ISBN 9780786692538. 8.75 x 11.75 inches.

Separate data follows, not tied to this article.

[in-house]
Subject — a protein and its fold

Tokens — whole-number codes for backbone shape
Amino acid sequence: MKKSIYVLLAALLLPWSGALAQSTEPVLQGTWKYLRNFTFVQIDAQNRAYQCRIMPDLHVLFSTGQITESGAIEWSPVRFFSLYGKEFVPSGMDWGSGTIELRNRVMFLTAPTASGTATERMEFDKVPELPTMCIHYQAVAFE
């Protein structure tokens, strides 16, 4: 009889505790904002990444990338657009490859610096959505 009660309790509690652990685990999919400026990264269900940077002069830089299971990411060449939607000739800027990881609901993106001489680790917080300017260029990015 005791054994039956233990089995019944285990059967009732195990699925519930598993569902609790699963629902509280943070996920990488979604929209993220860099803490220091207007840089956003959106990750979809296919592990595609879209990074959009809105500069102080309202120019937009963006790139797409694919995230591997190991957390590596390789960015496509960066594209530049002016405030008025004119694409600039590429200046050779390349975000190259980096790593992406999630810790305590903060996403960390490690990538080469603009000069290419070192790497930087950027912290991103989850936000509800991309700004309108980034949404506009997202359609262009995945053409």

If you've heard jazz guitarists like Joe Pass play chord melody, you may think that the style requires an encyclopedic knowledge of music theory, musical super-powers, or making a deal with the devil. But fear not! This book will show you how to create your own satisfying chord melody arrangements on the mandolin...and will do so in a practical, applicable, non stroke-inducing way. "Aaron Weinstein has many musical accomplishments. I am very proud to have played a small part with some of them. When he was only 12 he made his first recordings and asked me to play mandolin on them. I was knocked out to encounter someone that young that was conversant in both old-time or contest fiddling and Joe Venuti style jazz. Not long after that Aaron became interested in the mandolin and chords and he came by every so often to play and discuss voicings, improvisation and the like. I showed him some of the Jethro Burns chord melody arrangements that Jethro showed me. I've been teaching those for decades in hopes of one day playing them smoothly myself! Fast forward a few more years and Aaron has a Berklee degree, traveled the world playing hot violin music and is hobnobbing with the greatest NYC jazz stars. And oh yeah, one other thing: he took the art of chord-melody mandolin style to an entirely new level! The rich harmonies of the standard jazz and show tune repertoire, the swinging bass lines and connecting chords and independent voice movements (doing more than one thing at a time) are all present in Aaron's style, thanks to his great ear, open mind and gift at locating things on the fretboard. And now Aaron has documented, explained and shared his discoveries and approach with all of us in this book. Thank you Aaron! This is truly a step-by-step method that you will enjoy. You'll find yourself saying 'oh, of course!' as the author gets you playing and understanding things that sound very detailed and complex. The first section I would call the mandolinistic stuff: the how-to on getting things moving and connected on the fretboard. This part is laid out in a very logical manner with clear explanations and fun activities. After working through these etudes you will know the fretboard better and be a better mandolin playing musician regardless of what style of music is your favorite. As I looked this part over I recalled the parable about 'give someone a fish and he will have a meal. Teach him to fish and he'll eat the rest of his life..' The second part puts your new-found chops to work playing some great solo chord melody tunes Weinstein style. Again the author walks us gently into the material by providing two versions of each piece, the basic structure followed by a more developed version. In the history of mandolin playing there have been many examples of techniques, arrangements and music that might be thought of as 'chord-melody' style. Consider works by Raffaele Calace, or 'Duo' style from the early twentieth century American stylists and then again as modernized by Evan Marshall in the current era. Bach on the mandolin, as played by virtuosi such as Caterina Lichtenberg, Mike Marshall, Carlo Aonzo, Chris Thile and others also illustrates harmony and melody simultaneously. And of course Jethro Burns did so much in the way of bringing jazz and standards to life with chord-melody mandolin that it is often referred to as 'Jethro Style'. The book you have in your hand presents a unique and accessible route to these types of techniques and sounds. Bravo, Aaron! And thank you, my friend." Don Stiernberg.